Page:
director Jacques Becker
Jacques Becker’s extraordinary prison escape film. Le Trou (“The Hole”) compares interestingly if more contrastingly with Robert Bresson’s own prison-break film, A Man Escaped (1956). Earnest and realistic both are, but the dynamics are dramatically unalike.
In Le Trou, a young man comes to join three older men in a cell in a prison in Paris. He is there for an attempted murder of his wife which he claims was actually an accident. The other men have to decide whether or not to let him in on their plan for escape. One of the men, Roland (Jean Keraudy), is a sly one who knows his way around, digging a hole in the floor of their cell and crafting tools out of found objects to scout the catacombs to a passage to the sewer system and freedom.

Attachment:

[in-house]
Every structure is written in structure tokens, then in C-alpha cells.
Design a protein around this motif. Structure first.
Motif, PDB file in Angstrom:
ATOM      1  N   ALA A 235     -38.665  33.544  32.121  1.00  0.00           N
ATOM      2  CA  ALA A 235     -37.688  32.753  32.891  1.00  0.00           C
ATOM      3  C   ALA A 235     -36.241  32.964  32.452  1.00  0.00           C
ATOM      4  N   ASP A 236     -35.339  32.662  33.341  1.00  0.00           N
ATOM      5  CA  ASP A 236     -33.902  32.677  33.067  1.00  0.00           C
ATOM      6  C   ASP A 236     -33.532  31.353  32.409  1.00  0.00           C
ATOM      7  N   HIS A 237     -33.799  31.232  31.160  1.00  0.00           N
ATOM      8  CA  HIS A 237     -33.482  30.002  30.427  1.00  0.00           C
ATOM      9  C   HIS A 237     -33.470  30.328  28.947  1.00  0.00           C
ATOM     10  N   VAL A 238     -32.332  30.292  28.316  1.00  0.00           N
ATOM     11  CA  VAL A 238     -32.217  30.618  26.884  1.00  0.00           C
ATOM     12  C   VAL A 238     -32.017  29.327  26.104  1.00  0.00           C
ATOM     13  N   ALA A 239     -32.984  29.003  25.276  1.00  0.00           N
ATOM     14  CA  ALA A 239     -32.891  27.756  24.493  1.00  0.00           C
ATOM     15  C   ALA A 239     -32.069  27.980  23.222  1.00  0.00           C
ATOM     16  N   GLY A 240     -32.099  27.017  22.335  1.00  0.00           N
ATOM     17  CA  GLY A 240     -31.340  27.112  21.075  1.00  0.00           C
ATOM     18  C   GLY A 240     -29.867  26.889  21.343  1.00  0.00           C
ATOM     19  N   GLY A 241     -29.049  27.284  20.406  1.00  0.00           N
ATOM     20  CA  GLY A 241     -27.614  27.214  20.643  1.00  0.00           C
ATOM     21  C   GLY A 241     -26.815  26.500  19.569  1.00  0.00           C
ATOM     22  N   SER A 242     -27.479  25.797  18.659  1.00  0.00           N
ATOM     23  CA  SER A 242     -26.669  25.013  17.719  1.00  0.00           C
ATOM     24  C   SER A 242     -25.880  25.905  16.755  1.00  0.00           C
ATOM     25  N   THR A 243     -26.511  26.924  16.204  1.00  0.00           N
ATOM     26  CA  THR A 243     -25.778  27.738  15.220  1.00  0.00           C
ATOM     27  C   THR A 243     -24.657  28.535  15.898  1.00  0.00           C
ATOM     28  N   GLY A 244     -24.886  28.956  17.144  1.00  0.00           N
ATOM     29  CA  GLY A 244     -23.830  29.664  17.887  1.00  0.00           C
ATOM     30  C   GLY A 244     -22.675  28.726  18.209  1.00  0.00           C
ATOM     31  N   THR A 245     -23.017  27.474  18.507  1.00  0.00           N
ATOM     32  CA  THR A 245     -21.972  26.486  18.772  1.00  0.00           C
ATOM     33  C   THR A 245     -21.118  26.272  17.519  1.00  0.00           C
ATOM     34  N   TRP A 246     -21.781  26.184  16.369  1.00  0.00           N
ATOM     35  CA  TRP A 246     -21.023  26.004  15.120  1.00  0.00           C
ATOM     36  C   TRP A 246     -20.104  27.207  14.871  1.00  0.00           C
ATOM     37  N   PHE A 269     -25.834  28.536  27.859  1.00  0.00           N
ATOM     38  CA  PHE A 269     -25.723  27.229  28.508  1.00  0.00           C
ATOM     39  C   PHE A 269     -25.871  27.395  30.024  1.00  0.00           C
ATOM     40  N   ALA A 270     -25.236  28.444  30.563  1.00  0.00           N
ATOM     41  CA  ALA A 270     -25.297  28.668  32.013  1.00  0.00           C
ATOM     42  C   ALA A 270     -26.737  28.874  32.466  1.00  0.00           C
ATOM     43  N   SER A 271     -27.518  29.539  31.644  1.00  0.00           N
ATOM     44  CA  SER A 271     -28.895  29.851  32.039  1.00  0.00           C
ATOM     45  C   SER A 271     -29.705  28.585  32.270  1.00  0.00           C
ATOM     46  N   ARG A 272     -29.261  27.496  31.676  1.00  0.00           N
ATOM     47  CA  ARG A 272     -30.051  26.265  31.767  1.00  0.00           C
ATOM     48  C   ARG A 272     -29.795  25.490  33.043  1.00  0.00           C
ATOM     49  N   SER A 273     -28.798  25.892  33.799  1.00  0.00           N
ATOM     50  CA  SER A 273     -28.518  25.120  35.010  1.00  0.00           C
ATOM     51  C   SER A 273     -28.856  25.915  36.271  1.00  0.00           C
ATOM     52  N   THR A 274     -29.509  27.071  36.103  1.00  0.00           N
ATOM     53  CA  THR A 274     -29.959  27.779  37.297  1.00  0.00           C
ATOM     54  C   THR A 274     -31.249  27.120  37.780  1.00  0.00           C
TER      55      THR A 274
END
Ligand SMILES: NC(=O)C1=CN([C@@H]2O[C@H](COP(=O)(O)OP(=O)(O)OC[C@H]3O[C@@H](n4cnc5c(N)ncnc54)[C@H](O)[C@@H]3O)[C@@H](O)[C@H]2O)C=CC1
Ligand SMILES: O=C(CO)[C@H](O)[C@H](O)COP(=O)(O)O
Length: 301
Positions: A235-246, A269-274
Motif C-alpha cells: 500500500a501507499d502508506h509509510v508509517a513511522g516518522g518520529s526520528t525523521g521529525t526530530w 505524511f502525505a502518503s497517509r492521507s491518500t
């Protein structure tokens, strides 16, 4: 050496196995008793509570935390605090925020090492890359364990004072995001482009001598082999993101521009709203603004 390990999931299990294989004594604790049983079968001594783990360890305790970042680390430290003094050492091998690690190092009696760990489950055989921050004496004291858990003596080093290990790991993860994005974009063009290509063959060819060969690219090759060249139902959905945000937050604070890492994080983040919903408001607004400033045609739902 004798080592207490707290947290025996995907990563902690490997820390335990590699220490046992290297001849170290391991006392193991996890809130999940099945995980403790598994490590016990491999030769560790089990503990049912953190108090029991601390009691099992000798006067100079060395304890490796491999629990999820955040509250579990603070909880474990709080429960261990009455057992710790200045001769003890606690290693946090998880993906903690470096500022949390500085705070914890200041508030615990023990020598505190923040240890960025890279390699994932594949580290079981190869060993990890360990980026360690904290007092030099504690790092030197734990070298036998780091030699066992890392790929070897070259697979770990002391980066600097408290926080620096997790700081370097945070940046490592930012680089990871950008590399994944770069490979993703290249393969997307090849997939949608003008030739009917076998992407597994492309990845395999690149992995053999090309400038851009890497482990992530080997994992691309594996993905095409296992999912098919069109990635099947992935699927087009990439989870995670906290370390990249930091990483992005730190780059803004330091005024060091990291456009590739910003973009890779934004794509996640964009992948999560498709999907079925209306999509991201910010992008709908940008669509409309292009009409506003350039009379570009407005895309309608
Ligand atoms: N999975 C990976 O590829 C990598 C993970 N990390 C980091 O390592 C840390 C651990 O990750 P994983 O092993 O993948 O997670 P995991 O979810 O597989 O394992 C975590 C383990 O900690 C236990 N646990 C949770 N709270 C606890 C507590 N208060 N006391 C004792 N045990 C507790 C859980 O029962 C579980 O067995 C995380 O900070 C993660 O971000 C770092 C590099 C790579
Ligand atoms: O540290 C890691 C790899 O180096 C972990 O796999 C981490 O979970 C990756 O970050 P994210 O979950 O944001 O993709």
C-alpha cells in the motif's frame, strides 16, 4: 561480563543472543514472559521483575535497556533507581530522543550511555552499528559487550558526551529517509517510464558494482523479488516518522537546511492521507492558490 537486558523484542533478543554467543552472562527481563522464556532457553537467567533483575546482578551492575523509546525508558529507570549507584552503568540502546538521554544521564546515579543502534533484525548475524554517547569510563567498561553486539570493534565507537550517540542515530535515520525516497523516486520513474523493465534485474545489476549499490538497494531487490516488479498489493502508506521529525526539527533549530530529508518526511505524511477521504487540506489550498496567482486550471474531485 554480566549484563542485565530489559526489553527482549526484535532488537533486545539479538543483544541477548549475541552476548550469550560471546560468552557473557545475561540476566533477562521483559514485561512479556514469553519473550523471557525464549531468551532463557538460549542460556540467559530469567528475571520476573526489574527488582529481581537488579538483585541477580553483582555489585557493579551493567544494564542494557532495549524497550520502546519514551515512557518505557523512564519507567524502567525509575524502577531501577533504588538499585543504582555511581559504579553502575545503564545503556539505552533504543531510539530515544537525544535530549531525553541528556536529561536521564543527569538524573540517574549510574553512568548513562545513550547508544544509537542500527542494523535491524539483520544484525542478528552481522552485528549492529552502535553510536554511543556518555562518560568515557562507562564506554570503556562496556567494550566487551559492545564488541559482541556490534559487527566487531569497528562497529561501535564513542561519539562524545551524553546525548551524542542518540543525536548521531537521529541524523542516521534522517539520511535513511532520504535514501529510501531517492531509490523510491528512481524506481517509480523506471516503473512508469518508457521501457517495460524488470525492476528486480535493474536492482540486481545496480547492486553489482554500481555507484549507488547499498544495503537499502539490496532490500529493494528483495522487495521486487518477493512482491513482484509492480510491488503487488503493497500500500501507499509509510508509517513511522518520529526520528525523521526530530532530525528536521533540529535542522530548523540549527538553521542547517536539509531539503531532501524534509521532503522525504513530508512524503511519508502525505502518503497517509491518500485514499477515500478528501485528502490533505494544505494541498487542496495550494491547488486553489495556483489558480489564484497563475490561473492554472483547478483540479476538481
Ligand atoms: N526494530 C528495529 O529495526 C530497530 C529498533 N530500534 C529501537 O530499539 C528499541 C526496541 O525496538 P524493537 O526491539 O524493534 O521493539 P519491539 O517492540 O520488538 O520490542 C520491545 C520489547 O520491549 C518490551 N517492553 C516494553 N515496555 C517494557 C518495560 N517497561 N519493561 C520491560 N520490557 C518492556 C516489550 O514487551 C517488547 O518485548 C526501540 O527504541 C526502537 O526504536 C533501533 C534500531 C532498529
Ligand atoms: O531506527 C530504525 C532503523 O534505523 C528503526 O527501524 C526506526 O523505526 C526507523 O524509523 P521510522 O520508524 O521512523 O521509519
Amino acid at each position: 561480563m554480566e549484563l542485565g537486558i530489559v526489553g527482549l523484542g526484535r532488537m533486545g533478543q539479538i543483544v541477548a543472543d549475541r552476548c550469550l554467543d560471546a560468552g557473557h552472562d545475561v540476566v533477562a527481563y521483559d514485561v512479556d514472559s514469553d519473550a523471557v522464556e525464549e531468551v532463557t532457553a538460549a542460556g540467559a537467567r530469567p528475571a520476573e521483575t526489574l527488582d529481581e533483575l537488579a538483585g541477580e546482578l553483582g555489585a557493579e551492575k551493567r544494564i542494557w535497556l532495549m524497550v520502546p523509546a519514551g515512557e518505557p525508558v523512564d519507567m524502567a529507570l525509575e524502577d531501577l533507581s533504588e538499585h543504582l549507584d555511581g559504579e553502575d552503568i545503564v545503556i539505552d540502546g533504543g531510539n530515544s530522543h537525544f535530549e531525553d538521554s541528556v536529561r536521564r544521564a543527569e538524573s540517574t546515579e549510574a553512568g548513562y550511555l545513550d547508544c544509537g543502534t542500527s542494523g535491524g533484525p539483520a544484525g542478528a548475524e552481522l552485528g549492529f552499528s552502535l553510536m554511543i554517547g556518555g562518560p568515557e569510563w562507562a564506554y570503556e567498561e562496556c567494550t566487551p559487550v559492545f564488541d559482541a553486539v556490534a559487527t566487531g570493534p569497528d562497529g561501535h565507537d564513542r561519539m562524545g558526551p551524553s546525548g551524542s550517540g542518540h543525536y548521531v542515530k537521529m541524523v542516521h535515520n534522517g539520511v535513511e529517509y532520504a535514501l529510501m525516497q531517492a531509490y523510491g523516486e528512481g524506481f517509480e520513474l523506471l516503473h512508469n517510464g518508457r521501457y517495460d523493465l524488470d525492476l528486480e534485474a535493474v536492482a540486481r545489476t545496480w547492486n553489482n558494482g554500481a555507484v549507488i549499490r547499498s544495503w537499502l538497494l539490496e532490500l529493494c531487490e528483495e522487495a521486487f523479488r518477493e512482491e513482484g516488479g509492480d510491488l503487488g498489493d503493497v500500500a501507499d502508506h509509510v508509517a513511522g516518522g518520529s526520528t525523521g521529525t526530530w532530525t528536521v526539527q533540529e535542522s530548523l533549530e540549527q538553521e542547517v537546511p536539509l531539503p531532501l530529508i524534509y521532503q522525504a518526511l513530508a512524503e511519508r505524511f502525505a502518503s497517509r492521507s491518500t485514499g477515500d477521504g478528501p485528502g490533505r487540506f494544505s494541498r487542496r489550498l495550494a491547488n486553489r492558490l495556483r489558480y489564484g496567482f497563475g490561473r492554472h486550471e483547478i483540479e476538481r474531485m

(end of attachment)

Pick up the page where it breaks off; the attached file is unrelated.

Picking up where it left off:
The film is based on a true life escape attempt made in 1947 and Keraudy was actually one of the men who had participated in the real events. His face is so intense and all the actors so well if roughly-hewn, you would never realize that these men are mostly non-professional actors.
It’s an exploration of ingenuity, humanity and friendship. Even the portrayal of the prison itself and the guards is a portrait of a much more decent and humane system, meager as it is. It would perhaps sound banal to spell out the details of the plot, the sharing of food, of work, of the digging, the navigation of the tunnels, but that belies the film’s deep focus intensity.
It would make a great double feature with Becker’s other classic Touchez pas au grisbi (1954).